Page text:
Posted by: Saving Water SA (Cape Town, South Africa) – partnered with Water Rhapsody conservation systems – 29 Aug 2011
The severe drought in the Horn of Africa, which has caused the death of at least 30 000 children and is affecting some 12 million people, especially in Somalia, is a direct consequence of weather phenomena associated with climate change and global warming, environmental scientists say.
“The present drought in the Horn of Africa has been provoked by El Niño and La Niña phenomena in the Pacific Ocean, which unsettle the normal circulation of warm and cold water and air, and dislocate the humidity conditions across the southern hemisphere,” Friedrich-Wilhelm Gerstengarbe, senior scientist at the German Potsdam Institute for Climate Impact Research (PIK, after its German name), told IPS.
Both phenomena are a part of the southern oscillation climate pattern that occurs across the tropical Pacific Ocean every five to seven years. It is characterised by variations in the temperature of the surface of the tropical eastern Pacific – warming or cooling known as El Niño and La Niña respectively – and a changing air surface pressure in the western Pacific.
Both phenomena are coupled – the warm oceanic phase, El Niño, accompanies high air surface pressure in the western Pacific, while the cold phase, La Niña, accompanies low air surface pressure in the western Pacific.
Such conditions can particularly affect regions north of the Equator, such as the Horn of Africa. Some 12 million people are facing starvation across the region, Djibouti, Sudan, South Sudan and parts of Uganda, besides Somalia. So far, famine has only been declared in Somalia, a state without a functioning government.
“El Niño and La Niña exacerbate the weather conditions across the southern hemisphere, escalating the rainy season in some areas, especially in Asia and Australia, and droughts in others, especially in Africa,” Gerstengarbe said.
He said climate change and the rising global temperatures caused by it had intensified both El Niño and La Niña, leading to severe floods in Pakistan and Australia, and drought in the Horn of Africa.
Both phenomena had led during the last two years to particularly dry rainy seasons and to extreme hot temperatures over east Africa.
According to the US National Oceanic and Atmospheric Administration (NOAA), La Niña has since 2008 caused a strong drop in water temperatures in the Pacific Ocean, leading to a “below-average precipitation over the central equatorial Pacific”.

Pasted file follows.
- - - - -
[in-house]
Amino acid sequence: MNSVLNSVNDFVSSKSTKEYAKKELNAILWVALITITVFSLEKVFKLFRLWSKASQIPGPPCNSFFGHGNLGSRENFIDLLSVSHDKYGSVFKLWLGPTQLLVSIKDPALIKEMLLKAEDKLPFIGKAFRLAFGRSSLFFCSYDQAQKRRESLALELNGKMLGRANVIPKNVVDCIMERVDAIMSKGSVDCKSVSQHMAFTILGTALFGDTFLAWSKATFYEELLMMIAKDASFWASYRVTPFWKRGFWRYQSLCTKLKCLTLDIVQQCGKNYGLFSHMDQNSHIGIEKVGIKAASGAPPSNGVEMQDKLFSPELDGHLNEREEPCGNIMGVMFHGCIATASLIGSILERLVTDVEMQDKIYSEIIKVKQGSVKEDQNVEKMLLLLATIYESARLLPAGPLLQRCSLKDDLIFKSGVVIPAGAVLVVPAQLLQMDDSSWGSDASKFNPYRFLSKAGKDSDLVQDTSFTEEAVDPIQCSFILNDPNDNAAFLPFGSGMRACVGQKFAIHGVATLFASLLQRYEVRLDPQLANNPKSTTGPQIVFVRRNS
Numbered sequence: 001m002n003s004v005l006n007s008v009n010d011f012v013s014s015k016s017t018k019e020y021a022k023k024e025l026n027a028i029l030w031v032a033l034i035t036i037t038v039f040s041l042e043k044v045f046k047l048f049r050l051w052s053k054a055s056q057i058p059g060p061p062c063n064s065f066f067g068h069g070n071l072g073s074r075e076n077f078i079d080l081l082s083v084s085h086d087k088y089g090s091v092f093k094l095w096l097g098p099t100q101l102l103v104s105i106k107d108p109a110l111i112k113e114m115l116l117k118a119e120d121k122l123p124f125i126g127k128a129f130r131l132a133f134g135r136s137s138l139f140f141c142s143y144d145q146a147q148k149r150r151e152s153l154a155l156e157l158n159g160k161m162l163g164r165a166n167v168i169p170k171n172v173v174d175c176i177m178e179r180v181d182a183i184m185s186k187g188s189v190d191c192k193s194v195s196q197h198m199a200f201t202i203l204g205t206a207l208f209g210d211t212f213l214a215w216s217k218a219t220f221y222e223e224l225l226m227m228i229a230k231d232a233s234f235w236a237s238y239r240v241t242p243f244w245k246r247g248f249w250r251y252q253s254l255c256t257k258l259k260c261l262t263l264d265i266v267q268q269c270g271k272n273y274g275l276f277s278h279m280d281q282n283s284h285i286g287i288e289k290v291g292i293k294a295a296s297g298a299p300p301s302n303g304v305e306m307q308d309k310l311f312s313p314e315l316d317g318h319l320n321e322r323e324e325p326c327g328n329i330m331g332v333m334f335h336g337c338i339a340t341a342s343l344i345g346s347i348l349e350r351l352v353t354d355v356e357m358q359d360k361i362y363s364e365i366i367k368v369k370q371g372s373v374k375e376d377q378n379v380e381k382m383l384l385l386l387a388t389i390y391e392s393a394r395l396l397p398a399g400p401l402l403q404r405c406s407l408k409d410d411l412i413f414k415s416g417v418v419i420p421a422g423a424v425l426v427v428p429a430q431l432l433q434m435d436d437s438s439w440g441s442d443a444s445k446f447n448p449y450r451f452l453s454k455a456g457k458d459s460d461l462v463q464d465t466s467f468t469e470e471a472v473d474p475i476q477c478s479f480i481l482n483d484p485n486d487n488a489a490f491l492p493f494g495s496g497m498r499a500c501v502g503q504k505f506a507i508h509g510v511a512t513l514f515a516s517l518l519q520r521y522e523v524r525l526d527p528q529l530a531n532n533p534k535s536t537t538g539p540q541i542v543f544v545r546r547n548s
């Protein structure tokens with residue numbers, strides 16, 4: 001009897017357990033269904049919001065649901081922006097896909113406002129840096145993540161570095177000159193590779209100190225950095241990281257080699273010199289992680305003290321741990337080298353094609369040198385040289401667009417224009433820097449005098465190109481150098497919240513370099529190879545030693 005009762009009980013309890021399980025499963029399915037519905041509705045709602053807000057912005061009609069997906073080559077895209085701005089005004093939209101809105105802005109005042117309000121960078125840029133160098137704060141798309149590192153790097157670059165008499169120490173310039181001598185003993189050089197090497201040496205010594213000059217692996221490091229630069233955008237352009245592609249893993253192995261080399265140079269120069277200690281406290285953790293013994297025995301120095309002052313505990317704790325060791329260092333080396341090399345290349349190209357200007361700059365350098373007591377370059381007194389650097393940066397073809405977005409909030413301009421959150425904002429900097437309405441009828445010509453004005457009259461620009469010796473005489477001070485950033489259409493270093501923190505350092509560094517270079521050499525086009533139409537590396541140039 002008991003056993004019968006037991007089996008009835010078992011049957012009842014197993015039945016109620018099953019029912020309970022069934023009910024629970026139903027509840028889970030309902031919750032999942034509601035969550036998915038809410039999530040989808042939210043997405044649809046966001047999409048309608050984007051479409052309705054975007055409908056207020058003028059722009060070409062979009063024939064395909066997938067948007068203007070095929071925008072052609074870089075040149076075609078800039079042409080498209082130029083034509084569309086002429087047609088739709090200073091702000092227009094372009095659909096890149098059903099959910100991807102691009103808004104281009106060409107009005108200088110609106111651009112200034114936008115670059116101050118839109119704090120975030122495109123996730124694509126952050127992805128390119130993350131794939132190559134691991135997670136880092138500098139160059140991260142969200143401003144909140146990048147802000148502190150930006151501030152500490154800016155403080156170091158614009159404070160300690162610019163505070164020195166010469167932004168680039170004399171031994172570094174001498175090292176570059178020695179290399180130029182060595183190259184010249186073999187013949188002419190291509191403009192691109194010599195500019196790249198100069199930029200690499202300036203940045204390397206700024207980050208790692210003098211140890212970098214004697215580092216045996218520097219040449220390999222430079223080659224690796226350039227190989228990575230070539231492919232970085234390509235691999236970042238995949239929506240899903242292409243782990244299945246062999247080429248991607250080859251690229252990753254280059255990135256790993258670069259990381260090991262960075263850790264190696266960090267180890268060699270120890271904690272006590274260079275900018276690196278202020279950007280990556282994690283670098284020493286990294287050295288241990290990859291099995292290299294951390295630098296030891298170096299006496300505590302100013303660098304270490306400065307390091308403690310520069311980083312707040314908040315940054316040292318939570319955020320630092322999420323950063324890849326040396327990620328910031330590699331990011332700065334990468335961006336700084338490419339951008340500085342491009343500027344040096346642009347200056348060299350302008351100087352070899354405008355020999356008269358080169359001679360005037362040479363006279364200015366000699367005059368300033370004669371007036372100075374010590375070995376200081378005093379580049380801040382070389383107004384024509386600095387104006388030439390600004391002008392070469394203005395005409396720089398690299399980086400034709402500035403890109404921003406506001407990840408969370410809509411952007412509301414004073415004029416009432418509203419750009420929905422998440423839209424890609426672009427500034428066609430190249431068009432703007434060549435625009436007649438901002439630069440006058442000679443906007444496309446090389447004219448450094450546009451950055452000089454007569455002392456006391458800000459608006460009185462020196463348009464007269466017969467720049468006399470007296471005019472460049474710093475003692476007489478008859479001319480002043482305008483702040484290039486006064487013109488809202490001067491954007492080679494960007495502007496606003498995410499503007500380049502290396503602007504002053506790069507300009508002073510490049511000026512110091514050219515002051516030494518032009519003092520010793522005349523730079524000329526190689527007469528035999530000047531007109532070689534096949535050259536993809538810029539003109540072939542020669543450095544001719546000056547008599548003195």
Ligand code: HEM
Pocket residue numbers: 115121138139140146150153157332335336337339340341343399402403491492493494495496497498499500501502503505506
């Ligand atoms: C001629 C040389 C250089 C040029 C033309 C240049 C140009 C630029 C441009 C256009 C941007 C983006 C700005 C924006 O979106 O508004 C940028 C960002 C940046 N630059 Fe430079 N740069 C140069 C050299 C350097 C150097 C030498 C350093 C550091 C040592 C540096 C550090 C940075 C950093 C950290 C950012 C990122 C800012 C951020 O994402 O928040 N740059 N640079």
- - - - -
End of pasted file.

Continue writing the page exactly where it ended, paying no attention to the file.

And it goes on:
These cold episodes (referred to as La Niña episodes), the NOAA adds, are characterised by lower than normal pressure over Indonesia and northern Australia and higher than normal pressure over the eastern tropical Pacific.
During cold episodes the normal patterns of tropical precipitation and atmospheric air circulation become disrupted. The abnormally cold waters in the equatorial central Pacific Ocean suppress cloudiness and rainfall, especially between November and April, that is, precisely during the regional rainy season.
The phenomenon leads to hotter temperatures in east Africa. Both the suppression of rain and the higher temperatures this year have caused the worst drought in the Horn of Africa for 60 years.
“Unfortunately, due to the intensification of La Niña, we must reckon with growing desertification in Africa, and with more droughts in the region around the Horn of Africa,” Gerstengarbe added.
Jean-Cyril Dagorn, in charge of environment and economic justice for the French branch of the humanitarian organisation Oxfam, concurred that climate change and global warming were exacerbating extreme weather conditions in Africa.
“For two years, rain precipitation has been below average in east Africa, due to La Niña,” Dagorn told IPS. “But this year, the drought has been extreme, provoking the present humanitarian catastrophe in Somalia and other adjacent regions.”
Dagorn said that the coming rainy season, scheduled to start in October, might intensify the crisis. “Torrential rain falling on extreme dry earth will wash away the most fertile soil, making the food crisis even more dramatic,” Dagorn warned.
Dagorn said droughts had so far occurred every five to seven years in the Horn of Africa, but almost never with the extreme conditions of today.
“We estimate that due to climate change and the droughts it causes, agricultural productivity in the region will fall by up to 20% in the coming decades, especially in the maize and bean plantations,” Dagorn said.
Besides, he said, the region’s cattle breeders and shepherds had lost between 30% and 60% of their livestock due to extreme weather conditions, aggravating the food crisis.
Dagorn said that both the agricultural policies of the countries affected by the droughts, and international cooperation had failed to address the issue.
The UN has said €1.6bn (about R16.6bn) would be needed to address the crisis. “But France, for instance, has only allocated less than €10m,” Dagorn said. “It announced urgent meetings of donors – which never took place.”
Dagorn said humanitarian organisations were buying cattle in poor condition to distribute the meat among the communities most affected by the famine.
Gerstengarbe said climate change and associated phenomena, and bad agricultural practices such as overgrazing, were leading to increasing desertification across Africa.
“Deserts are growing worldwide by some 150km² a day, but especially across Africa.”
In July, the head of the US agency for international development, Rajiv Shah, said that climate change had contributed to the severity of the crisis.
“There’s no question that hotter and drier growing conditions in sub-Saharan Africa have reduced the resiliency of these communities,” Shah told US media. “The change in climate has contributed to this problem, without question.”